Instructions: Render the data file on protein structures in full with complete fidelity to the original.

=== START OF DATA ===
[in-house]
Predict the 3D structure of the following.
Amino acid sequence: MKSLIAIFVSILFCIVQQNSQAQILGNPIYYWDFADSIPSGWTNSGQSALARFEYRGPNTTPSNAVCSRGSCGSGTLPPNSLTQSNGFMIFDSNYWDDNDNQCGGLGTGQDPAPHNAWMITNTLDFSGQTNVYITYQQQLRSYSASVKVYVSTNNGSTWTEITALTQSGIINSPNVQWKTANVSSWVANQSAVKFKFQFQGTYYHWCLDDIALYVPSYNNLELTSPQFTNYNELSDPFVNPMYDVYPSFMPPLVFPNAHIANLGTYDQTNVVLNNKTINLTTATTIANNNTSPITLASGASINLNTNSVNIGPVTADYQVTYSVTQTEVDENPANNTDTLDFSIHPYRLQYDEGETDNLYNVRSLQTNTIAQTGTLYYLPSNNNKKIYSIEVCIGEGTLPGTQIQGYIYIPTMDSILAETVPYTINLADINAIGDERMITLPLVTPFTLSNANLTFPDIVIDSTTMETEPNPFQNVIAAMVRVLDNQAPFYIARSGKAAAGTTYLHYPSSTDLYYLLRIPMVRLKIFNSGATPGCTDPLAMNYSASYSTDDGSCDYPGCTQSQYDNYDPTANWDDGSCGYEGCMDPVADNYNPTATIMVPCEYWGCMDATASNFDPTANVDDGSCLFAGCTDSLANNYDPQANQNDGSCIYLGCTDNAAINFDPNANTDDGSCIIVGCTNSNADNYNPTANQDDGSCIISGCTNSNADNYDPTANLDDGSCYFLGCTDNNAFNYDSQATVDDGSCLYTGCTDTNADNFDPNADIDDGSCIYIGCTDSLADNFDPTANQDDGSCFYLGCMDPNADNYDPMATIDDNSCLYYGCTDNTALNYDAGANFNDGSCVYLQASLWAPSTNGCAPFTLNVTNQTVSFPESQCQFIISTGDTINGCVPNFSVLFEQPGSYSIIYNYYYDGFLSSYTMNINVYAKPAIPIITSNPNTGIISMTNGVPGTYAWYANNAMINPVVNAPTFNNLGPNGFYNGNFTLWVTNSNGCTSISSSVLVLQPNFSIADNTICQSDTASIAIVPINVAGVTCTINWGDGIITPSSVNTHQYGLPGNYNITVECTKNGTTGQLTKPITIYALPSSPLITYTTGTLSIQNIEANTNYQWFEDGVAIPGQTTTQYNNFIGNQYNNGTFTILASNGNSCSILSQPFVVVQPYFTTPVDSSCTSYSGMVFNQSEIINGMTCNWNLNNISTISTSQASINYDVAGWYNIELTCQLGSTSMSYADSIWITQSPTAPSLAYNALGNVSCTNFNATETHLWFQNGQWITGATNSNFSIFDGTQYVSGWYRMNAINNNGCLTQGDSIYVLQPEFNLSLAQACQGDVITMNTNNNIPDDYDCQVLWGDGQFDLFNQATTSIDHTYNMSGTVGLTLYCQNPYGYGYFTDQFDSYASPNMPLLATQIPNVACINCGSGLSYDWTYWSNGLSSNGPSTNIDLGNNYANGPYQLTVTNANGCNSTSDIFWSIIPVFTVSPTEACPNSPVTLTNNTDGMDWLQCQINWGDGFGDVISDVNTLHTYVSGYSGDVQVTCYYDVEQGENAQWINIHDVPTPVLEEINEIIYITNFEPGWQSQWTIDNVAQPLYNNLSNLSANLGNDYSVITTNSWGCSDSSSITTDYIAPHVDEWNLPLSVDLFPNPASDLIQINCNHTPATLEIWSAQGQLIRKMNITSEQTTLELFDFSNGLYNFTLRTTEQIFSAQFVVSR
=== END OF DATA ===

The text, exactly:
[in-house]
Predict the 3D structure of the following.
Amino acid sequence: MKSLIAIFVSILFCIVQQNSQAQILGNPIYYWDFADSIPSGWTNSGQSALARFEYRGPNTTPSNAVCSRGSCGSGTLPPNSLTQSNGFMIFDSNYWDDNDNQCGGLGTGQDPAPHNAWMITNTLDFSGQTNVYITYQQQLRSYSASVKVYVSTNNGSTWTEITALTQSGIINSPNVQWKTANVSSWVANQSAVKFKFQFQGTYYHWCLDDIALYVPSYNNLELTSPQFTNYNELSDPFVNPMYDVYPSFMPPLVFPNAHIANLGTYDQTNVVLNNKTINLTTATTIANNNTSPITLASGASINLNTNSVNIGPVTADYQVTYSVTQTEVDENPANNTDTLDFSIHPYRLQYDEGETDNLYNVRSLQTNTIAQTGTLYYLPSNNNKKIYSIEVCIGEGTLPGTQIQGYIYIPTMDSILAETVPYTINLADINAIGDERMITLPLVTPFTLSNANLTFPDIVIDSTTMETEPNPFQNVIAAMVRVLDNQAPFYIARSGKAAAGTTYLHYPSSTDLYYLLRIPMVRLKIFNSGATPGCTDPLAMNYSASYSTDDGSCDYPGCTQSQYDNYDPTANWDDGSCGYEGCMDPVADNYNPTATIMVPCEYWGCMDATASNFDPTANVDDGSCLFAGCTDSLANNYDPQANQNDGSCIYLGCTDNAAINFDPNANTDDGSCIIVGCTNSNADNYNPTANQDDGSCIISGCTNSNADNYDPTANLDDGSCYFLGCTDNNAFNYDSQATVDDGSCLYTGCTDTNADNFDPNADIDDGSCIYIGCTDSLADNFDPTANQDDGSCFYLGCMDPNADNYDPMATIDDNSCLYYGCTDNTALNYDAGANFNDGSCVYLQASLWAPSTNGCAPFTLNVTNQTVSFPESQCQFIISTGDTINGCVPNFSVLFEQPGSYSIIYNYYYDGFLSSYTMNINVYAKPAIPIITSNPNTGIISMTNGVPGTYAWYANNAMINPVVNAPTFNNLGPNGFYNGNFTLWVTNSNGCTSISSSVLVLQPNFSIADNTICQSDTASIAIVPINVAGVTCTINWGDGIITPSSVNTHQYGLPGNYNITVECTKNGTTGQLTKPITIYALPSSPLITYTTGTLSIQNIEANTNYQWFEDGVAIPGQTTTQYNNFIGNQYNNGTFTILASNGNSCSILSQPFVVVQPYFTTPVDSSCTSYSGMVFNQSEIINGMTCNWNLNNISTISTSQASINYDVAGWYNIELTCQLGSTSMSYADSIWITQSPTAPSLAYNALGNVSCTNFNATETHLWFQNGQWITGATNSNFSIFDGTQYVSGWYRMNAINNNGCLTQGDSIYVLQPEFNLSLAQACQGDVITMNTNNNIPDDYDCQVLWGDGQFDLFNQATTSIDHTYNMSGTVGLTLYCQNPYGYGYFTDQFDSYASPNMPLLATQIPNVACINCGSGLSYDWTYWSNGLSSNGPSTNIDLGNNYANGPYQLTVTNANGCNSTSDIFWSIIPVFTVSPTEACPNSPVTLTNNTDGMDWLQCQINWGDGFGDVISDVNTLHTYVSGYSGDVQVTCYYDVEQGENAQWINIHDVPTPVLEEINEIIYITNFEPGWQSQWTIDNVAQPLYNNLSNLSANLGNDYSVITTNSWGCSDSSSITTDYIAPHVDEWNLPLSVDLFPNPASDLIQINCNHTPATLEIWSAQGQLIRKMNITSEQTTLELFDFSNGLYNFTLRTTEQIFSAQFVVSR